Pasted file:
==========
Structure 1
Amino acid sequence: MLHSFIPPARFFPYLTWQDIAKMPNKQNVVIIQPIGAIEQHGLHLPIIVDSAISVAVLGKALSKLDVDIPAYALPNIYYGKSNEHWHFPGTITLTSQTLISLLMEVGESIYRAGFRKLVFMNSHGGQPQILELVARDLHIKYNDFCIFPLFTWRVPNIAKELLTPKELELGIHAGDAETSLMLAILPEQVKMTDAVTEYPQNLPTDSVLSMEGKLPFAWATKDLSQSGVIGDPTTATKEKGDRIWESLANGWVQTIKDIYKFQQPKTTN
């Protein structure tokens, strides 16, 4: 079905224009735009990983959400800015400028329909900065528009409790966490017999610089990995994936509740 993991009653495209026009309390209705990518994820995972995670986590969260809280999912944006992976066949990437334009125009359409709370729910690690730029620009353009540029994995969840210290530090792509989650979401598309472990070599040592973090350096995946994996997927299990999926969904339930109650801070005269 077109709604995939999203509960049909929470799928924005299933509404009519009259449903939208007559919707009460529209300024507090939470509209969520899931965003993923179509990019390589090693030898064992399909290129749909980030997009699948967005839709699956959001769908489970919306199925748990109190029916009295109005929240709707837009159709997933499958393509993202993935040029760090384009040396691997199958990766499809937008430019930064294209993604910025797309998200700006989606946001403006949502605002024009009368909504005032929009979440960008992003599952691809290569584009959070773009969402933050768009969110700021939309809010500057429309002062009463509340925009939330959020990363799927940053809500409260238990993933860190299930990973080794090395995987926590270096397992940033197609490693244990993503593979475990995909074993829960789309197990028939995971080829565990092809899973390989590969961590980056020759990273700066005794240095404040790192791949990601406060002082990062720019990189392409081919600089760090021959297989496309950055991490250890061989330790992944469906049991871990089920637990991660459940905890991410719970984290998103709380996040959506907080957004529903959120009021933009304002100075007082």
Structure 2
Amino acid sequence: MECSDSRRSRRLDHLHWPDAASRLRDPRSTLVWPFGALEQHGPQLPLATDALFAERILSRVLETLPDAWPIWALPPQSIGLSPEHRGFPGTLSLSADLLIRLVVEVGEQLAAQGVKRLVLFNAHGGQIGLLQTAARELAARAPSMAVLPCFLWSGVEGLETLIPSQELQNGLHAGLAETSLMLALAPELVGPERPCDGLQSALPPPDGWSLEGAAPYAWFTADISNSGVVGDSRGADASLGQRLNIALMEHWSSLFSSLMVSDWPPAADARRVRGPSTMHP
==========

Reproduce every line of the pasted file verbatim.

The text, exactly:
Structure 1
Amino acid sequence: MLHSFIPPARFFPYLTWQDIAKMPNKQNVVIIQPIGAIEQHGLHLPIIVDSAISVAVLGKALSKLDVDIPAYALPNIYYGKSNEHWHFPGTITLTSQTLISLLMEVGESIYRAGFRKLVFMNSHGGQPQILELVARDLHIKYNDFCIFPLFTWRVPNIAKELLTPKELELGIHAGDAETSLMLAILPEQVKMTDAVTEYPQNLPTDSVLSMEGKLPFAWATKDLSQSGVIGDPTTATKEKGDRIWESLANGWVQTIKDIYKFQQPKTTN
């Protein structure tokens, strides 16, 4: 079905224009735009990983959400800015400028329909900065528009409790966490017999610089990995994936509740 993991009653495209026009309390209705990518994820995972995670986590969260809280999912944006992976066949990437334009125009359409709370729910690690730029620009353009540029994995969840210290530090792509989650979401598309472990070599040592973090350096995946994996997927299990999926969904339930109650801070005269 077109709604995939999203509960049909929470799928924005299933509404009519009259449903939208007559919707009460529209300024507090939470509209969520899931965003993923179509990019390589090693030898064992399909290129749909980030997009699948967005839709699956959001769908489970919306199925748990109190029916009295109005929240709707837009159709997933499958393509993202993935040029760090384009040396691997199958990766499809937008430019930064294209993604910025797309998200700006989606946001403006949502605002024009009368909504005032929009979440960008992003599952691809290569584009959070773009969402933050768009969110700021939309809010500057429309002062009463509340925009939330959020990363799927940053809500409260238990993933860190299930990973080794090395995987926590270096397992940033197609490693244990993503593979475990995909074993829960789309197990028939995971080829565990092809899973390989590969961590980056020759990273700066005794240095404040790192791949990601406060002082990062720019990189392409081919600089760090021959297989496309950055991490250890061989330790992944469906049991871990089920637990991660459940905890991410719970984290998103709380996040959506907080957004529903959120009021933009304002100075007082």
Structure 2
Amino acid sequence: MECSDSRRSRRLDHLHWPDAASRLRDPRSTLVWPFGALEQHGPQLPLATDALFAERILSRVLETLPDAWPIWALPPQSIGLSPEHRGFPGTLSLSADLLIRLVVEVGEQLAAQGVKRLVLFNAHGGQIGLLQTAARELAARAPSMAVLPCFLWSGVEGLETLIPSQELQNGLHAGLAETSLMLALAPELVGPERPCDGLQSALPPPDGWSLEGAAPYAWFTADISNSGVVGDSRGADASLGQRLNIALMEHWSSLFSSLMVSDWPPAADARRVRGPSTMHP